Cleveland property management costs will depend on the company you choose and the services you require. An investor with a number of multi-family buildings will pay different fees than a landlord who is renting out a home until he or she is ready to sell it.
While management fees and structures will always vary, there are a few standard costs that most landlords and investors can expect when they’re hiring a management company. Remember that value doesn’t always mean low prices; you have to measure the services you’re receiving against the price you’re being asked to pay.
The first property management cost you are likely to encounter is a leasing fee. This is a one-time fee that you’ll pay at the beginning of your management process or after a tenant has been located and placed. The leasing fee typically covers things like:
Most management companies will charge the leasing fee as a percentage of your first month’s rent. It may range from 50 percent to a full month’s rent, depending on the way other costs are structured. You might also encounter a flat fee. Usually, you can hire a management company for leasing services only if you don’t think you need full-service property management.
The management fee is different from the leasing fee in that it covers ongoing work and it’s charged on a monthly basis. Usually, property managers will charge you a percentage of the rent that’s collected, and they’ll keep the monthly fee before they forward you the rental payment. So, if you rent out a home for $1,200 per month and you pay a 10 percent management fee, you’ll pay your property managers $120 right off that collected rent.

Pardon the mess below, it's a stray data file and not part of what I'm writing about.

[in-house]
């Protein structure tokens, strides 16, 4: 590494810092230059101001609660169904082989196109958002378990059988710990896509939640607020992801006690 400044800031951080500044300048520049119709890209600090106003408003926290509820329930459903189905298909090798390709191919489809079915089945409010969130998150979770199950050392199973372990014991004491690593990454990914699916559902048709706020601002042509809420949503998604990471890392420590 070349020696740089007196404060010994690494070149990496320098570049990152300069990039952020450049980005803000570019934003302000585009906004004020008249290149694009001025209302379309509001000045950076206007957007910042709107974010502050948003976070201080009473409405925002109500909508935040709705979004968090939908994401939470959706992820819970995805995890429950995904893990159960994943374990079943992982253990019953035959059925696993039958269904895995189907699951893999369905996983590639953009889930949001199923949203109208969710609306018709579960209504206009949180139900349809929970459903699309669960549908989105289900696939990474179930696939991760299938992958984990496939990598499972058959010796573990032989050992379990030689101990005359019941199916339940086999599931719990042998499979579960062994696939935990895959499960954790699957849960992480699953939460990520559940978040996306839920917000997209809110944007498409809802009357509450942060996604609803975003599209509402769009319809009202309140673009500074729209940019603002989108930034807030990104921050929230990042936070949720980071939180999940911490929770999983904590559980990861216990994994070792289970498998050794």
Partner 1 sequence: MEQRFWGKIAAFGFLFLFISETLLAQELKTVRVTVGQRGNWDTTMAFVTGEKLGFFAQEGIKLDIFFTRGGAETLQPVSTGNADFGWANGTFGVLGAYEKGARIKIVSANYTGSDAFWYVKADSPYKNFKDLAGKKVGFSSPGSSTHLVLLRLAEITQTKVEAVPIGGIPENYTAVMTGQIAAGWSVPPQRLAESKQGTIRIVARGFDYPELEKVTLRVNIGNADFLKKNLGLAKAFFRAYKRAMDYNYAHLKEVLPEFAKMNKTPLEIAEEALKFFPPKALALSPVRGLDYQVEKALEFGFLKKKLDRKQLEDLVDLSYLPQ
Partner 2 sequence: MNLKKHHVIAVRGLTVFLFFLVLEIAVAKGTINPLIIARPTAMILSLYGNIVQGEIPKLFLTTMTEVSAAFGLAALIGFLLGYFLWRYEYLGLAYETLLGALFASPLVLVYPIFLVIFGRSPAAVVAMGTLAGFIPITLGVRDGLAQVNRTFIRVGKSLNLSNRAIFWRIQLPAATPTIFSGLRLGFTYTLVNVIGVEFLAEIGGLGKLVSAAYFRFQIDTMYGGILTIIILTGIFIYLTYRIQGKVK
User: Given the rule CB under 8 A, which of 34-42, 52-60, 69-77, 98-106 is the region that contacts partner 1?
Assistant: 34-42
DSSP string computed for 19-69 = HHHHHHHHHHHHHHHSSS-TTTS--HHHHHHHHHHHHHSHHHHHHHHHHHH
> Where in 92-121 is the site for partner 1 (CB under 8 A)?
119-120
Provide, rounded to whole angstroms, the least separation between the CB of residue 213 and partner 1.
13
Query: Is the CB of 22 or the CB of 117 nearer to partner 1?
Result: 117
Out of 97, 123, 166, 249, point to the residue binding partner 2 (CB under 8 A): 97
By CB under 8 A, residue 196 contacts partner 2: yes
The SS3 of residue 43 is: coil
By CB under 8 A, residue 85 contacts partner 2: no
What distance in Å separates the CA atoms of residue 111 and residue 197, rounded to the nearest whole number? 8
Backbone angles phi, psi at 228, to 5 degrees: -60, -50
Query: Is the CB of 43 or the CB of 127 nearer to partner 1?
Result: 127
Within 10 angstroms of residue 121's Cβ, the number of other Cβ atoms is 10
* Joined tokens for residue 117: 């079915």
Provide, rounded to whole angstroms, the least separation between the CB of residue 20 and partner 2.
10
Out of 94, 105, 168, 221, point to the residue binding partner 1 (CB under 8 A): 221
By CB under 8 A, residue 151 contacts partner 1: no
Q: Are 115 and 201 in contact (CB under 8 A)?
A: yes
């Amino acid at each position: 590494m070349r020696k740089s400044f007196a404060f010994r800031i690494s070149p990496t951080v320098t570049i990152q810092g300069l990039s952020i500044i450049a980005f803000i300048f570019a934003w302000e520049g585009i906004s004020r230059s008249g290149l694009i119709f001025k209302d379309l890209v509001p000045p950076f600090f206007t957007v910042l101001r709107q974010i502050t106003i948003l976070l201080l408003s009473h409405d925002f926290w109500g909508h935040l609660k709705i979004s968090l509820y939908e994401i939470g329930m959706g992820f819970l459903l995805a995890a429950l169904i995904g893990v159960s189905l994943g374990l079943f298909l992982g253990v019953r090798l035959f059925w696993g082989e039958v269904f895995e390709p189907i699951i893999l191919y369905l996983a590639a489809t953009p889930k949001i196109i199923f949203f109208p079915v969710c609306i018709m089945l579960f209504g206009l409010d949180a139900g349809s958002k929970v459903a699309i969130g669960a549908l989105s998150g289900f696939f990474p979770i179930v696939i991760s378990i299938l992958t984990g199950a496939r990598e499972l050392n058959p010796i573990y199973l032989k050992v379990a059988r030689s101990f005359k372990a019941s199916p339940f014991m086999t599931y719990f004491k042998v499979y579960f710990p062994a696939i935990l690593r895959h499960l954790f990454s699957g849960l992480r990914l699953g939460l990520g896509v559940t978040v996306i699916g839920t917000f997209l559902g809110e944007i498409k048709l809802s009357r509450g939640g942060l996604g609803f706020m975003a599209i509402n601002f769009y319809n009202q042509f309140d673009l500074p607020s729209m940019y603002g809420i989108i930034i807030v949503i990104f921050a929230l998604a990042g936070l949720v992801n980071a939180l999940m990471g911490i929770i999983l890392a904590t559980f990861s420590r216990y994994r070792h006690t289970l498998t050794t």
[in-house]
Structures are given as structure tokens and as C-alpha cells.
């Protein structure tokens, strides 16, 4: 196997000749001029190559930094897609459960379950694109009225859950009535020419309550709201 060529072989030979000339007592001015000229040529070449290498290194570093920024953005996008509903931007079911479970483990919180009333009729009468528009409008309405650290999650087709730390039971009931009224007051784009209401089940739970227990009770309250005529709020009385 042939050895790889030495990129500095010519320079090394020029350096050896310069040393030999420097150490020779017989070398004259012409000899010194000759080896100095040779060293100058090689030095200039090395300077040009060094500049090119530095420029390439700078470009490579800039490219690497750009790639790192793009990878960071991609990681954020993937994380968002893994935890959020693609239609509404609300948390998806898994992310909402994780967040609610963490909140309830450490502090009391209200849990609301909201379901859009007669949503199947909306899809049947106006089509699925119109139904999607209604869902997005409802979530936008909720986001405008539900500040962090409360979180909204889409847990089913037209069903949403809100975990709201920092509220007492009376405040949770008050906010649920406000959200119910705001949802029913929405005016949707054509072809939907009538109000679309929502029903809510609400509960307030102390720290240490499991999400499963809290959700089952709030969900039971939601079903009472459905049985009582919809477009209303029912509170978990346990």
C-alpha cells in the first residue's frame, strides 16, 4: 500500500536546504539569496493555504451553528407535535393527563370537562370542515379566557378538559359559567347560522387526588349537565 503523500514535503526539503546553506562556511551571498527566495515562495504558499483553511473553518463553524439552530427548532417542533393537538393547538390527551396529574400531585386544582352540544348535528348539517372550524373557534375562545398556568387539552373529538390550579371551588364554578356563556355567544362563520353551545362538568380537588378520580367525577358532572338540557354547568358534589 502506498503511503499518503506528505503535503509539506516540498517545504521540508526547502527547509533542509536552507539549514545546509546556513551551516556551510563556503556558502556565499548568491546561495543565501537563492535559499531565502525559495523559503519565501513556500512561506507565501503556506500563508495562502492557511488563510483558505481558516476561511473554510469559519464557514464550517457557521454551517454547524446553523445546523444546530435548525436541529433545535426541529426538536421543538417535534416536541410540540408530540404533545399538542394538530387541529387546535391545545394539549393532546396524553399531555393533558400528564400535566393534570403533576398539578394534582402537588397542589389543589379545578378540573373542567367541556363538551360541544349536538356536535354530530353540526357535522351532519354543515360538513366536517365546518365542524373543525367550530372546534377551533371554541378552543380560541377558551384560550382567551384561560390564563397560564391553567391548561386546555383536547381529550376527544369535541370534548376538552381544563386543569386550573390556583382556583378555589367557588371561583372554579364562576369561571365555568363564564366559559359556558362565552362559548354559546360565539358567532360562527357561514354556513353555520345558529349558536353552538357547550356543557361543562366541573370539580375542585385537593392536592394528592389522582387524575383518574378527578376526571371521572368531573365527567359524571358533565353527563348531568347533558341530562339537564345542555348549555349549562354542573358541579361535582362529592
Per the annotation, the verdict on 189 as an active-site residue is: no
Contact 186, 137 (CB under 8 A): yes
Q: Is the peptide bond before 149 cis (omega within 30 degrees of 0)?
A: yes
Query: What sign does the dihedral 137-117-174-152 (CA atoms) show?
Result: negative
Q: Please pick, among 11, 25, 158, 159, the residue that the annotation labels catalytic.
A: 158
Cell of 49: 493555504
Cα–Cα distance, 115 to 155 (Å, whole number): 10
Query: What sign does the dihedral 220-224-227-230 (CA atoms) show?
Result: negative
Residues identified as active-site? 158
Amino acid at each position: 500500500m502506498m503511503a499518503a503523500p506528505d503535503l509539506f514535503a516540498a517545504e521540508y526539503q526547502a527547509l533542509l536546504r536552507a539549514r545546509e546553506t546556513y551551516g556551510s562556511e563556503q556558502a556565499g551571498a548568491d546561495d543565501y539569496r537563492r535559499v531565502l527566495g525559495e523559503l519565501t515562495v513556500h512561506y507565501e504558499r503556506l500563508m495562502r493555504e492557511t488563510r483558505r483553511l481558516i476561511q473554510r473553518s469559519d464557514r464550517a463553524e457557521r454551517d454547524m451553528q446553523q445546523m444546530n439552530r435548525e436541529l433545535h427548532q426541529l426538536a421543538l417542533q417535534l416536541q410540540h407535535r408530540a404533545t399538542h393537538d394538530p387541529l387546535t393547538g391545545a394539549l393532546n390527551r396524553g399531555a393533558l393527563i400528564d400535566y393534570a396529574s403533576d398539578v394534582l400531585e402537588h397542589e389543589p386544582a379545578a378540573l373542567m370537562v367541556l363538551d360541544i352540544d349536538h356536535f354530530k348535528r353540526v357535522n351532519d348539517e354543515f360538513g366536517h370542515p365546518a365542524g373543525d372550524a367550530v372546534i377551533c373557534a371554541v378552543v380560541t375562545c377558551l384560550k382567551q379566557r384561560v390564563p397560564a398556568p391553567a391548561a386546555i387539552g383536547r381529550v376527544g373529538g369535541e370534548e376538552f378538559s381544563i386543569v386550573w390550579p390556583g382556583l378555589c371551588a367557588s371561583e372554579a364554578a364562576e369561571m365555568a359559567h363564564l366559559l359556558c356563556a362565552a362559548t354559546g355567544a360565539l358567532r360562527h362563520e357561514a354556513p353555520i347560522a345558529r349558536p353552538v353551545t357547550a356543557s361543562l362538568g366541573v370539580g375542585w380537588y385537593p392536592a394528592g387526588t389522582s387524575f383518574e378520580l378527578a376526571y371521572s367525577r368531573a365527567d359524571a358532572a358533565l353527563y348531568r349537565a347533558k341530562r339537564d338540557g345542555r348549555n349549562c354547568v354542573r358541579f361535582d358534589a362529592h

Some management companies also charge flat fees, where it doesn’t matter if your property rents for $600 or $6,000 per month, you still pay the same $100 or $150 in monthly management fees. Make sure you understand what your fee includes. You might find an incredibly low management fee. However, a company that’s only charging you four percent of your monthly rent is probably not providing a lot of services.
Most management fees include things like rent collection, lease enforcement, maintenance coordination with tenants, inspections, resident relations, legal and code compliance, accounting and bookkeeping, and vendor relations.
Many property management companies will include the coordination and scheduling of maintenance work in their management fees. Some may charge a fee for any maintenance work that’s done at your property. So, if you have a plumber take care of a $200 leak, the management company might include a 10 percent upcharge, bringing your plumbing bill to $220.
There might also be a per-project charge for large maintenance issues. Sending a handyman over to fix garbage disposal may be included in the management fee, but a bathroom renovation or the installation of a new deck may require a little extra work, which would result in an upcharge.
What’s important here is that you know what to expect. Make sure all management fees are transparent and explained.
Please contact us at RE/MAX Haven if you have any questions about maintenance, management, or leasing. We’d be happy to discuss our management fees with you.